Results for May 2012
  • Authors Guild Wins Round In Class-Action Against Google
    In a defeat for Google, a federal judge ruled today that the Authors Guild can continue with its lawsuit accusing the search giant of infringing copyright by digitizing books and displaying snippets of them.
  • N.C. Blogger Says Doesn't Need License To Dispense Diet Advice
    A blogger in North Carolina who advises diabetics to follow a high-fat, low-carb "caveman" diet has landed on the wrong side of state regulatory authorities.
  • Megaupload User Blasts Feds' 'Indefensible' Refusal To Return Files
    Kyle Goodwin owns the business OhioSportsNet, which covers local high school sports in Ohio. He and his employees travel throughout the state, take videos of various high school games, and offer them online. Goodwin had the misfortune of storing backup copies of his videos on the cyberlocker Megaupload, which was shut down by the feds in January. In another stroke of bad luck, his own servers crashed shortly before Megaupload was taken offline. The upshot is, Goodwin has no way of accessing the only copies of the videos he created.
  • NJ Mayor Charged With Hacking For Allegedly Taking Down Recall Site
    Felix Roque, the mayor of West New York, N.J., isn't the first politician to dislike posts made by critics. But he might well have been the first to resort to hacking to take down a negative site.
  • Apple: 'Government Sides With Monopoly' In Antitrust Lawsuit
    Far from harming consumers, Apple's entry into the sale of digital books offered people "a new outstanding, innovative eBook reading experience, an expansion of categories and titles of eBooks, and competitive prices," the company contends in court papers.
  • Consumer Advocates Side With Aereo Against TV Networks
    The digital rights groups Electronic Frontier Foundation and Public Knowledge are siding with Barry Diller's online video start-up Aereo in its dispute with the TV networks. In court papers filed today, the groups asked U.S. District Court Judge Alison Nathan in New York to deny the networks' request for a preliminary injunction shuttering the start-up.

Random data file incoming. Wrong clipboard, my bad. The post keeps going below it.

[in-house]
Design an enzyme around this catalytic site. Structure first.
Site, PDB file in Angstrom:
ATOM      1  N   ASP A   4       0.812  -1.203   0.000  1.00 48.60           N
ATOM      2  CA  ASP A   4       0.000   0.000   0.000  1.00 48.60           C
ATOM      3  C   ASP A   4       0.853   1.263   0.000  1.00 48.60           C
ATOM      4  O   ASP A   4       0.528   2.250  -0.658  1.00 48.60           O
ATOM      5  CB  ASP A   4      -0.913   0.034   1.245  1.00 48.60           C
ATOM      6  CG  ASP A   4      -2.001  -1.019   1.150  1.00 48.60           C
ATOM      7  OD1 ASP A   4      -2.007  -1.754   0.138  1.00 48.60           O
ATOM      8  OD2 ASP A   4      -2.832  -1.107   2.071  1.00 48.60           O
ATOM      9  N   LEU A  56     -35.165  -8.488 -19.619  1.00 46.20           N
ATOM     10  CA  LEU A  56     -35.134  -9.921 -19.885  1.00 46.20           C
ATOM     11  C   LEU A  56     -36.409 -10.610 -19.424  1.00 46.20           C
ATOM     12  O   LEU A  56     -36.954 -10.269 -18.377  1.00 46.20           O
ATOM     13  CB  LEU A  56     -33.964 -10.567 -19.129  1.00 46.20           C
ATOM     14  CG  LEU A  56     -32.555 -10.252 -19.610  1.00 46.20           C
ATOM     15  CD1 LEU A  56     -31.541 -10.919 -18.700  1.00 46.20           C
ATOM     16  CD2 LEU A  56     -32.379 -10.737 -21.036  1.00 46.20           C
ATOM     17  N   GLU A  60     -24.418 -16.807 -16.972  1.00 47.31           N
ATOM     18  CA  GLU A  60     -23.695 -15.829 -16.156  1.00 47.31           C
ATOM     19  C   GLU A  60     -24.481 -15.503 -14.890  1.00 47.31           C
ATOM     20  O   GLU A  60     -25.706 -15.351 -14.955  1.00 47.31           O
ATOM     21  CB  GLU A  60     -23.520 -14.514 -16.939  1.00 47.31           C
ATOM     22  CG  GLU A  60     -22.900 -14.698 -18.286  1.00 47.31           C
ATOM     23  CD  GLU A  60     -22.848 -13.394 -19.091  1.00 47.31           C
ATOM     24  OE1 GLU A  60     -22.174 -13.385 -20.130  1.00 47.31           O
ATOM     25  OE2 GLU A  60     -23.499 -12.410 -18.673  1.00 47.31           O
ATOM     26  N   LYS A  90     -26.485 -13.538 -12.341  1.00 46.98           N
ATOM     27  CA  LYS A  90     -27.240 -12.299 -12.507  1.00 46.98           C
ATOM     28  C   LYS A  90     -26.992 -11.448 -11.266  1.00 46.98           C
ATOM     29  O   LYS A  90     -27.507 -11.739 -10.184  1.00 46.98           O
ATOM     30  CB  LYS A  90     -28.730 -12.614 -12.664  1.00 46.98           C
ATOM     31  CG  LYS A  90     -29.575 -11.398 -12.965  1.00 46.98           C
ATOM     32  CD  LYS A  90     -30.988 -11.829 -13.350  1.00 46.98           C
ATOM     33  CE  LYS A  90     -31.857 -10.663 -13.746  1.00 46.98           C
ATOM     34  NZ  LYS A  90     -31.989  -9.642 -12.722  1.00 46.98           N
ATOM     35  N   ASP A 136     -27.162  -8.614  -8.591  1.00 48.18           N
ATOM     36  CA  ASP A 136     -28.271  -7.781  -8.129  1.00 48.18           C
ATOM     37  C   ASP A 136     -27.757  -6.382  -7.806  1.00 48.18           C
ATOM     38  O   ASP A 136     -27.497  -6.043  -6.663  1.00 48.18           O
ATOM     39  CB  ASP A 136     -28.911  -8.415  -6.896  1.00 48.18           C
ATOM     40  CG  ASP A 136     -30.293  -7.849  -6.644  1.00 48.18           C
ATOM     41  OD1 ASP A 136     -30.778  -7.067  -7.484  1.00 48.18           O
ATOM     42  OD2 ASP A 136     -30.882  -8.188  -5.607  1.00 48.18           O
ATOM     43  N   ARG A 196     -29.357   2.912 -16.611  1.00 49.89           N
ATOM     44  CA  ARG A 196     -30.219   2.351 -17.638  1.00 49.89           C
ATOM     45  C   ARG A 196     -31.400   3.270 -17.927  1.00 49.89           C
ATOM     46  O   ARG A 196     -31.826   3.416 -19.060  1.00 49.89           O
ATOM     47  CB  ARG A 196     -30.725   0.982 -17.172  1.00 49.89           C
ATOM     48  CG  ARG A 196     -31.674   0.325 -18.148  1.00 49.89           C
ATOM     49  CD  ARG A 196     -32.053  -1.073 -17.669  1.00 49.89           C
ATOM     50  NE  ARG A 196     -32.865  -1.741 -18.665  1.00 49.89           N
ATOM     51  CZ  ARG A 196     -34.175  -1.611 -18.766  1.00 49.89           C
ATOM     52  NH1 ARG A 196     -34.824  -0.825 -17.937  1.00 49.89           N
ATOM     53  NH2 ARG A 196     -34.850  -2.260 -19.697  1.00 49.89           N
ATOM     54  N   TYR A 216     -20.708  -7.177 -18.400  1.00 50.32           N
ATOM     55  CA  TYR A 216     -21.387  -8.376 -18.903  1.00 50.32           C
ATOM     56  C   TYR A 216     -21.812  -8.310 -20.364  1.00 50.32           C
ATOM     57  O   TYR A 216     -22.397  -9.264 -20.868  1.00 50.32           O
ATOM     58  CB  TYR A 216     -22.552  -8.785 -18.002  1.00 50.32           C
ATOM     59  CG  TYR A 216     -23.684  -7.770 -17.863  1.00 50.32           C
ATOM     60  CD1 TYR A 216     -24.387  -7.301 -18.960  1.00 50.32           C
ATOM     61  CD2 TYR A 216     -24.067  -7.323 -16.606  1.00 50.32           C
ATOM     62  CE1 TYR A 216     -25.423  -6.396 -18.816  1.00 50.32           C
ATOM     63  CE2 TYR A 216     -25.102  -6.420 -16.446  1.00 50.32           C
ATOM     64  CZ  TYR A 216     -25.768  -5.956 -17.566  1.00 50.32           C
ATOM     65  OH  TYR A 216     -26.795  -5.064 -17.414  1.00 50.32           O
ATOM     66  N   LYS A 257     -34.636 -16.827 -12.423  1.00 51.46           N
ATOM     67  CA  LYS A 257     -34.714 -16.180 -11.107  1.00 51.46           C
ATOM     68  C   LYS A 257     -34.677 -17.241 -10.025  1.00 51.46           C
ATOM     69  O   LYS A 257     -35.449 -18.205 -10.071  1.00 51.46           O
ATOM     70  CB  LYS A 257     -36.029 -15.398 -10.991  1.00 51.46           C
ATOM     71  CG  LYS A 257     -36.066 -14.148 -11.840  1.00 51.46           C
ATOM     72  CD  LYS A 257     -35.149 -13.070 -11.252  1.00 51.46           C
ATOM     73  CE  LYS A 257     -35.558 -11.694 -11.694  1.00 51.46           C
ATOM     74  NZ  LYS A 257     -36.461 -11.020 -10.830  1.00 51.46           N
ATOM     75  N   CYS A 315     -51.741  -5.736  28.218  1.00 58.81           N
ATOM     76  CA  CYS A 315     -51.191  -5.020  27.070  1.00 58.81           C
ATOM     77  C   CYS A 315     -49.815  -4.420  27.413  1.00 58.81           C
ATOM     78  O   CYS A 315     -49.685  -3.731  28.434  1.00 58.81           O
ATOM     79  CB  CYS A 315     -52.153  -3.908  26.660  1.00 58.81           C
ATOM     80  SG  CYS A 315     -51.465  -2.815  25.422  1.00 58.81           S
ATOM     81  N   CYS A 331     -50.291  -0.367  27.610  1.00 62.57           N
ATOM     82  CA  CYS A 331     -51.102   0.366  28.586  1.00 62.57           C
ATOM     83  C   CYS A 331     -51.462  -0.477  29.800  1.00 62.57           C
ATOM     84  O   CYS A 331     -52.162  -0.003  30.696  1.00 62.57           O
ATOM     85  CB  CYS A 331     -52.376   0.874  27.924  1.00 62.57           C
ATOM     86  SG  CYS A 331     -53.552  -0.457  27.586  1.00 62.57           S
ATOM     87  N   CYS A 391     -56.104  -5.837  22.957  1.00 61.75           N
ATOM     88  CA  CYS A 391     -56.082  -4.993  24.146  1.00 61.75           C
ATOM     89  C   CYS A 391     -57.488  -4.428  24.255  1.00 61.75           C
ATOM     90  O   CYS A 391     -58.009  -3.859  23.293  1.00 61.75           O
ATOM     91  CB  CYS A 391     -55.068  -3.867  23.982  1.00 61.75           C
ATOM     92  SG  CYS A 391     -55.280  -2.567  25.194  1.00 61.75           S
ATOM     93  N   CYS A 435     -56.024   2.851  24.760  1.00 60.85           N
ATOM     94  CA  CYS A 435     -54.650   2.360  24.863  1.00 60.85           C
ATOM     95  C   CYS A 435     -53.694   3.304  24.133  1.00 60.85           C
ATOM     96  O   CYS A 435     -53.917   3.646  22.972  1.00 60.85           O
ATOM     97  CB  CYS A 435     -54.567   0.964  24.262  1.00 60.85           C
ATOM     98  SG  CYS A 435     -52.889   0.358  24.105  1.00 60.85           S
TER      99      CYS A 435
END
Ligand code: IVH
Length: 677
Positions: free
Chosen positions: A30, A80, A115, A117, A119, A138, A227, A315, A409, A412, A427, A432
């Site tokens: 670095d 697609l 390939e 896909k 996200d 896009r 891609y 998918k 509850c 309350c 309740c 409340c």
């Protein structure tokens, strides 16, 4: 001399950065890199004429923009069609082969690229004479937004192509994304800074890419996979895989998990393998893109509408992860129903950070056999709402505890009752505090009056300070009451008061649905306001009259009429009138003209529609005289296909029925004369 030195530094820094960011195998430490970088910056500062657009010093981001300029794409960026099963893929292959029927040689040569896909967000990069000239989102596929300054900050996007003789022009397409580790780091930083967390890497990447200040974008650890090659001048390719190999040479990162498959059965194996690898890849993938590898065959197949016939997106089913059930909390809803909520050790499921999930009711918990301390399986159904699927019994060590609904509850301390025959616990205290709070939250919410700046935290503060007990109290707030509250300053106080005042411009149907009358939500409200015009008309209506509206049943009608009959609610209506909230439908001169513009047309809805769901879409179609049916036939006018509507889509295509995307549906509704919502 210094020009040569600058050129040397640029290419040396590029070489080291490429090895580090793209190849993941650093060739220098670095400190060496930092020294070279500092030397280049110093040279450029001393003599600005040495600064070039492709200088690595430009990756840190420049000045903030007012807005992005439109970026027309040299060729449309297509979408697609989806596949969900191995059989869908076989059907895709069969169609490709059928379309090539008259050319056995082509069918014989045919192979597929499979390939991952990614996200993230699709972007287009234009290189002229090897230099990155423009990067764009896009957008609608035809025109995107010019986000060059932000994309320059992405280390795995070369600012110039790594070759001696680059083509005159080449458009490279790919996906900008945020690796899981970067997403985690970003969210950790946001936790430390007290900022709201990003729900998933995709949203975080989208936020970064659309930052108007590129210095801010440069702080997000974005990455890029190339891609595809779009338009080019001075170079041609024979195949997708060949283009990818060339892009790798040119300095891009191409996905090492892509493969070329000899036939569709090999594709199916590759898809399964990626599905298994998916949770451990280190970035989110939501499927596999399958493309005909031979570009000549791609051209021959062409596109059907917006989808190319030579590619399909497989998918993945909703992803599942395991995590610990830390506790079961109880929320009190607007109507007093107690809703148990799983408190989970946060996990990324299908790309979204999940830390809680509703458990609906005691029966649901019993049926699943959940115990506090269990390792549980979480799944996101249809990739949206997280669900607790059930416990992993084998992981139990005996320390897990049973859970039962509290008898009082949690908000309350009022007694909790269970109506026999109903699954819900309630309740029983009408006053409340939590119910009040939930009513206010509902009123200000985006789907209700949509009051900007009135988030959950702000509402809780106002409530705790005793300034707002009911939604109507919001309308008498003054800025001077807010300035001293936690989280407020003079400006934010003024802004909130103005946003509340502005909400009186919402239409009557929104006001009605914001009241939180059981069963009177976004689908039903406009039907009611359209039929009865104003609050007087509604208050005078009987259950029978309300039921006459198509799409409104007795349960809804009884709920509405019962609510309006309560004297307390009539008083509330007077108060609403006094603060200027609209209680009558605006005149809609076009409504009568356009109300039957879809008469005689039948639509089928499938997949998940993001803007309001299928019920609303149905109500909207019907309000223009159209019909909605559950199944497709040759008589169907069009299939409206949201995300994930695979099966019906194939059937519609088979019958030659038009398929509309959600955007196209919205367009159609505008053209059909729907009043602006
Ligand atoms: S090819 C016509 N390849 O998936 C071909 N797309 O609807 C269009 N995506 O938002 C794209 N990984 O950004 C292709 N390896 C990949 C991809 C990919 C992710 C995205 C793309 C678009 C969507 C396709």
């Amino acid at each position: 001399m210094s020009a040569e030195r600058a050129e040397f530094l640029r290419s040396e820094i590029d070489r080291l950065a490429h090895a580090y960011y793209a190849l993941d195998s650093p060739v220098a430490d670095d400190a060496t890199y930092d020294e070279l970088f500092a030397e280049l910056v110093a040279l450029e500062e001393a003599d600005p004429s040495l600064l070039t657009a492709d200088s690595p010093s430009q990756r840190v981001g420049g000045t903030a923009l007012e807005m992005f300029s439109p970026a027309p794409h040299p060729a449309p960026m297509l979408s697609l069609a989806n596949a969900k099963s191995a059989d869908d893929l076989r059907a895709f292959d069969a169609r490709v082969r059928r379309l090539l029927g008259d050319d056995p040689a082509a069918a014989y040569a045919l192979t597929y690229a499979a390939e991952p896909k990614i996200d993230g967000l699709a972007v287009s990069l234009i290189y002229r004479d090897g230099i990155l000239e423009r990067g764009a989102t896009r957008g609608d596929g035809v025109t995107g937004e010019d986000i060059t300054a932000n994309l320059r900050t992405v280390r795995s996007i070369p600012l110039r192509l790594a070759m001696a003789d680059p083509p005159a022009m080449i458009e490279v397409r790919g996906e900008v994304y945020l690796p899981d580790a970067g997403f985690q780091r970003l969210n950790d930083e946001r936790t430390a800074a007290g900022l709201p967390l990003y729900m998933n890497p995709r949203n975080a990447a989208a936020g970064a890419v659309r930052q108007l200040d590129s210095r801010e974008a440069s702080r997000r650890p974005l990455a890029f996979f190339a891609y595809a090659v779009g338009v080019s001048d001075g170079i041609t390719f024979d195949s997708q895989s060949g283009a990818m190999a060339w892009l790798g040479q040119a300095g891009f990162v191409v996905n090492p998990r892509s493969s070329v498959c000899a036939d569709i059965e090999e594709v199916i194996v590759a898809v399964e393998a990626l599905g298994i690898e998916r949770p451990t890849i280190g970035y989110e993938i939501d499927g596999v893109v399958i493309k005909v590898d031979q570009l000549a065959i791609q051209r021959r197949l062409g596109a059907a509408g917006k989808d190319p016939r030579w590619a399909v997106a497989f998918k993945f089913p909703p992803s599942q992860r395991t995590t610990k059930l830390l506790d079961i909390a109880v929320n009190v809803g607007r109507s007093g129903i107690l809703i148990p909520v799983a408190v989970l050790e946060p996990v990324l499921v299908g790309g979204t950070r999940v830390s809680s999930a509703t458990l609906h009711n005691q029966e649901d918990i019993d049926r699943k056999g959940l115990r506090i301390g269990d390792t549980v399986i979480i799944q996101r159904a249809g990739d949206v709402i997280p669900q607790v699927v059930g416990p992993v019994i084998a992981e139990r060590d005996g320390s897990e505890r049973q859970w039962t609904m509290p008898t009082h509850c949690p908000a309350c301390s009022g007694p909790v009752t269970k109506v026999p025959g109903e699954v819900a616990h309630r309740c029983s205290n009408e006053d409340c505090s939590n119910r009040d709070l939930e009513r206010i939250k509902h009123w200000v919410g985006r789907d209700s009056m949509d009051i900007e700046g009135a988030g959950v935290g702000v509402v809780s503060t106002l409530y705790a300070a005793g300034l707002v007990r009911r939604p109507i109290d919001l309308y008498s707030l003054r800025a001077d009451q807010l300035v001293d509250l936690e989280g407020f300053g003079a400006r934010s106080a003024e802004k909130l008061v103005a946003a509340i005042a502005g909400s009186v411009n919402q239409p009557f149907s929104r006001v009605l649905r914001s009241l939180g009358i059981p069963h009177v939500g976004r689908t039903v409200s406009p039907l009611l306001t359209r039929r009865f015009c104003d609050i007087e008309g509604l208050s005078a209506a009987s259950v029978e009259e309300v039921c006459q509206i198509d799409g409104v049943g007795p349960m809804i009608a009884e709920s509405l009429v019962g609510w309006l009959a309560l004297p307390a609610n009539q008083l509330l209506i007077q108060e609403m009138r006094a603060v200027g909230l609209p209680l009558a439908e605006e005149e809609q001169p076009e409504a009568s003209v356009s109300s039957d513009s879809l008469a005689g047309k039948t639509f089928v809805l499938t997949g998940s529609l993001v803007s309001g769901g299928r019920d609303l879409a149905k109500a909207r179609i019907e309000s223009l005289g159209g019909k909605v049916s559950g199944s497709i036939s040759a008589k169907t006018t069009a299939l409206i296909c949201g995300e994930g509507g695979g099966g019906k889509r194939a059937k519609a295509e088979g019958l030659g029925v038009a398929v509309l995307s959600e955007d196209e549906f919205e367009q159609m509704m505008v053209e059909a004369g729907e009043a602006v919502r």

• FCC Chair Gives Another Thumbs-Up To Tiered Pricing, Aggravating Consumer Advocates
    Consumer advocates aren't happy with comments made today by Federal Communications Commission Chairman Julius Genachowski, who reiterated his support for pay-per-byte pricing during a speech at a cable industry event.
  • FTC Taps Privacy Scholar Who Blasted Netflix, Carrier IQ
    The Federal Trade Commission has tapped privacy expert Paul Ohm to serve as senior policy adviser for consumer protection and competition issues. Currently a law professor at the University of Colorado, Ohm will begin work at the FTC in August, he said Monday on Twitter.
  • Facebook Users Press Forward With Privacy Claims
    Last September, Australian developer Nic Cubrilovic reported on his blog that Facebook was able to identify users when they visited sites with the "like" button or other social widgets -- even when those users were logged out of the social networking service. The news proved embarrassing for the social networking site, which quickly rolled out a fix while downplaying Cubrilovic's findings as a coding bug. But that didn't stop consumers from suing.
  • Comcast To Test Pay-Per-Byte Pricing
    Comcast said today that it will shift to a pay-per-byte pricing model for broadband, meaning that the company will charge users based on how much data they consume. But the company also says that all subscribers will be able to consume at least 300GB of data per month before incurring overage charges.
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